The laboratory instruments subseries follows the development of next-generation mass spectrometers and components thereof, especially the ion microprobe. Subseries 4, communications, comprises letters, memos and other working documents circulated between Wasserburg and lab personnel, mainly but not exclusively postdocs, from the late 1950s on past 2000. The files are arranged alphabetically by name, and a portion of the material is closed for reasons of confidentiality, principally in relation to letters of recommendation. The last subseries is a miscellaneous group of scientific materials that fall outside of other categories, some from the pre-Lunatic I era, and then a group of materials from the Oldstone Project, 1971-1973 (Greenland ancient rocks study). Materials on Wasserburg's first serious field work, the Juneau ice field expedition in summer 1950 under Rutgers professor Henri Bader, are to be found in Series 8, Biographical and Personal Material.
SERIES 4: WRITINGS AND PUBLICATIONS. Series 4 is subdivided into three subseries. The first contains published papers mostly in the form of article reprints, arranged chronologically by publication date. Related correspondence, drafts and notes are filed with reprints where the reprints are available; otherwise they are filed separately in chronological sequence. Long article titles have been abbreviated for convenience. A small set of complete journal issues with articles by Wasserburg is also included. Subseries 2 is devoted to drafts and unfinished manuscripts, some unidentified. Related notes and correspondence are also included. Subseries 3 includes reviews of books and journal articles, and of proposals to organizations and institutions.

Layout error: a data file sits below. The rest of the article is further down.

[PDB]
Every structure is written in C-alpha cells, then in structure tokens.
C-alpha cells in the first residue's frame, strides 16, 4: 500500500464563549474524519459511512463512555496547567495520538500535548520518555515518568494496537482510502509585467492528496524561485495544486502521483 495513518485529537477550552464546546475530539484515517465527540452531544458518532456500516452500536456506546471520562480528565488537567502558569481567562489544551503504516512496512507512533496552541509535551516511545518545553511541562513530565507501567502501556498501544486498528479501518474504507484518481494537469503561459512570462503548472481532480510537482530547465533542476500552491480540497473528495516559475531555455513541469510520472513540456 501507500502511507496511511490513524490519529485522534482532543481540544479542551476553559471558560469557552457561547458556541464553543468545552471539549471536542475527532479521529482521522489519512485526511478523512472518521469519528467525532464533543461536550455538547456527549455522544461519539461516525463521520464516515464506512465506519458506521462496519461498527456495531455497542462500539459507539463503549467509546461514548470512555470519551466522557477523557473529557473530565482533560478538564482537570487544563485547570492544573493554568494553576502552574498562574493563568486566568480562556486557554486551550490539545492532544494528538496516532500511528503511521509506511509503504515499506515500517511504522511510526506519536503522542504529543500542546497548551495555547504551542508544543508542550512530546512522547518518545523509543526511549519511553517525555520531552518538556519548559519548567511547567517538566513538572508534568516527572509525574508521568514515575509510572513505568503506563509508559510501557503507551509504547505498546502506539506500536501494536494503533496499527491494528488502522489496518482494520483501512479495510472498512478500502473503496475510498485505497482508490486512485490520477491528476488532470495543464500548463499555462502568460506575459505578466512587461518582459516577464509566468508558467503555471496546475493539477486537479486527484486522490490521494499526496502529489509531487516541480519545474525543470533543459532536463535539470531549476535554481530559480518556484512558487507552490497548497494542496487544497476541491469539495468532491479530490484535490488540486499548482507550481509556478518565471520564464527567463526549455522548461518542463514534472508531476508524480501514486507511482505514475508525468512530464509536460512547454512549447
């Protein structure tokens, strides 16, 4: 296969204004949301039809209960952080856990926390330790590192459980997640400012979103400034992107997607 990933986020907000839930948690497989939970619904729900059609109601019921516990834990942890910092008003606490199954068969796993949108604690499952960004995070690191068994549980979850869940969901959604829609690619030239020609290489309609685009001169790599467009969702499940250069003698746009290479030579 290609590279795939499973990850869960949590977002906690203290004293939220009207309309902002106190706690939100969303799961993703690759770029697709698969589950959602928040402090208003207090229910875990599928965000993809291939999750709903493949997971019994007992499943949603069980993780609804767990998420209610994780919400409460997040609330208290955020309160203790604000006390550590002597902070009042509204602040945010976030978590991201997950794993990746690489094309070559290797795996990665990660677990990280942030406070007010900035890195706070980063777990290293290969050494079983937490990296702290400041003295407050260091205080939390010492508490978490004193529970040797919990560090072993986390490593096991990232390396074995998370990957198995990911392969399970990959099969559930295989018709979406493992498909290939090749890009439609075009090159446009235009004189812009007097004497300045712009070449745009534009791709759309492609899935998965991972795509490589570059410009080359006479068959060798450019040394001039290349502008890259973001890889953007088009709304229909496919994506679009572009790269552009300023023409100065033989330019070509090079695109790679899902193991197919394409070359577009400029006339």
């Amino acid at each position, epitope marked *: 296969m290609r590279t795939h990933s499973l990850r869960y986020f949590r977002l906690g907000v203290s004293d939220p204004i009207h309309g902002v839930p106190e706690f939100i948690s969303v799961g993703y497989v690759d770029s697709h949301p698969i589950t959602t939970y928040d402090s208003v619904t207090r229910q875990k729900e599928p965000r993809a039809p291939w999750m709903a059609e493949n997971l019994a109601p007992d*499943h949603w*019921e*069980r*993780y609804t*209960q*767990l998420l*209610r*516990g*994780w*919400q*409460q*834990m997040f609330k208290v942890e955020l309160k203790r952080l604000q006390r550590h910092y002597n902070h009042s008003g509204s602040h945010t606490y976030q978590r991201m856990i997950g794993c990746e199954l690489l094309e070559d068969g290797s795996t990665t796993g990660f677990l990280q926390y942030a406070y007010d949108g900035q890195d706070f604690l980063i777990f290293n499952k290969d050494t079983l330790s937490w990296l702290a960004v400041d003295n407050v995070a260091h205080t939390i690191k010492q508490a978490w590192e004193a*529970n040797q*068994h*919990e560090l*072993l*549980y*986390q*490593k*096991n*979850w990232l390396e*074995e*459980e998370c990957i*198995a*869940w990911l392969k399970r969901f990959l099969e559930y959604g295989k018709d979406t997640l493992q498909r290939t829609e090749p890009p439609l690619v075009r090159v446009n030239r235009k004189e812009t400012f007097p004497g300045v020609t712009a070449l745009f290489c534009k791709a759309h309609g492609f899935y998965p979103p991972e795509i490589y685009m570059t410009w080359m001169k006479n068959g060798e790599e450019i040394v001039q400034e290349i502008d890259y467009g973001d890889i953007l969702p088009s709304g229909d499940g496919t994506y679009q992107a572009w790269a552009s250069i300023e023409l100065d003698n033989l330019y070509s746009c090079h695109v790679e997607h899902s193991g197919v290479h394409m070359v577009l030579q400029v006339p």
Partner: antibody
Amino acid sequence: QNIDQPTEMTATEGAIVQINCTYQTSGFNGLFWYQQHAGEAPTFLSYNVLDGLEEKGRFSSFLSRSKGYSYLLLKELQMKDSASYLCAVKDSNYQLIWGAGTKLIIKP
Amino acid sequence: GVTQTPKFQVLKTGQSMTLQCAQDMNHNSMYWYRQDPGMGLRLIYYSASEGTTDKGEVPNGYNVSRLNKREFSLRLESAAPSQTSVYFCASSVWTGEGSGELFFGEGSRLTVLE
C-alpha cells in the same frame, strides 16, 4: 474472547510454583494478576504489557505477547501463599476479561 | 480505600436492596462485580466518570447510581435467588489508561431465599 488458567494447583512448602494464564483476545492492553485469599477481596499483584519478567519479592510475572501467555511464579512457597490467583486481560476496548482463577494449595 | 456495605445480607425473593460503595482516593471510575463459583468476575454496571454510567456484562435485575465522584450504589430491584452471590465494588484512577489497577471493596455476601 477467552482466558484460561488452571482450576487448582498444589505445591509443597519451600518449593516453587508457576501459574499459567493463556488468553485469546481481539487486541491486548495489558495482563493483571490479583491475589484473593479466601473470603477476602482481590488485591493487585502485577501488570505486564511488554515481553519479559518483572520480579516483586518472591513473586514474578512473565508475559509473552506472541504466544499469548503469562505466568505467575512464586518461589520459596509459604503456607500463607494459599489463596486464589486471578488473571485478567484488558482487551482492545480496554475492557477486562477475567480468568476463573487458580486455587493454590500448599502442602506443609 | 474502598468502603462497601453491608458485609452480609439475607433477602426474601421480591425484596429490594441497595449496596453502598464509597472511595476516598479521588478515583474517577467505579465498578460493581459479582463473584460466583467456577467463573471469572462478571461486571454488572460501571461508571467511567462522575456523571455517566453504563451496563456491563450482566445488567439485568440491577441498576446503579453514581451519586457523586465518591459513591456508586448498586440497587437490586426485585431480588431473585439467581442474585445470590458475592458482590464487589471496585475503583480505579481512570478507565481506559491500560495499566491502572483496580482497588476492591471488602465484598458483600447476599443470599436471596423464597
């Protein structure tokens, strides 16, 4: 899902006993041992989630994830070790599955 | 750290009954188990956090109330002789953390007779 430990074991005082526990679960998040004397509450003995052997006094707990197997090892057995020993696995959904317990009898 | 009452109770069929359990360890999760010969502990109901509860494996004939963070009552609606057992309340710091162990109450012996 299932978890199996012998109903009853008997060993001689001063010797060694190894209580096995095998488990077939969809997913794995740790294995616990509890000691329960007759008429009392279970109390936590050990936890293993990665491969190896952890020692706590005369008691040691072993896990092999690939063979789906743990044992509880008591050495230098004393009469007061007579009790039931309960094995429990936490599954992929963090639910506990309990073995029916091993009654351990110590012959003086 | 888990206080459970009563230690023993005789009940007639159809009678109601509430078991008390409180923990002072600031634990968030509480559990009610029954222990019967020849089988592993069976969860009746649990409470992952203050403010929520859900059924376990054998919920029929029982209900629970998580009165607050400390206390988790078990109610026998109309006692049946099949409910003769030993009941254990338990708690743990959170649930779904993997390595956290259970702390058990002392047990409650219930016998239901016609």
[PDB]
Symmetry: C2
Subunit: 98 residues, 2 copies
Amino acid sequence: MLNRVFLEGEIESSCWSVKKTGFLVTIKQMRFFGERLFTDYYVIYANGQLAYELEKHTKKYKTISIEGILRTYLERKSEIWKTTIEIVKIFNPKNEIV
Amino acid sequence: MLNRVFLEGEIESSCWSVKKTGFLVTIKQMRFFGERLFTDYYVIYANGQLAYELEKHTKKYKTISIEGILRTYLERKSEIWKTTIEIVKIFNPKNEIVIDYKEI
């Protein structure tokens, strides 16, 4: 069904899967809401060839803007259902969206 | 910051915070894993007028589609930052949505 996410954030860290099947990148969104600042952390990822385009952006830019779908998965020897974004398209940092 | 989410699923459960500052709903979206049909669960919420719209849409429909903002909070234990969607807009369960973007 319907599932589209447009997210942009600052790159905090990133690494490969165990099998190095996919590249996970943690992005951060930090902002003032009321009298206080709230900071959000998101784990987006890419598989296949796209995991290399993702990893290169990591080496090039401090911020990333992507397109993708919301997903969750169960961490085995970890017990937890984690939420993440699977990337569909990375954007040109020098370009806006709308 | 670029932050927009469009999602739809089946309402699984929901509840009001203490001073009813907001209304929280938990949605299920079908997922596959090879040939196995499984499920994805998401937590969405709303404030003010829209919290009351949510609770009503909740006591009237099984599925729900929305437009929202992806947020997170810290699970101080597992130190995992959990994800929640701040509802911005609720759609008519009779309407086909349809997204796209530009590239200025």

SERIES 5: TALKS AND CONFERENCES. Series 5 is arranged in chronological order without subseries. Where apparent, the locations of conferences and their ordinal number (for conferences in a known series) have been listed. Materials range from handwritten notes to tape transcripts to copies of slides only. Some talks are untitled and/or unidentified.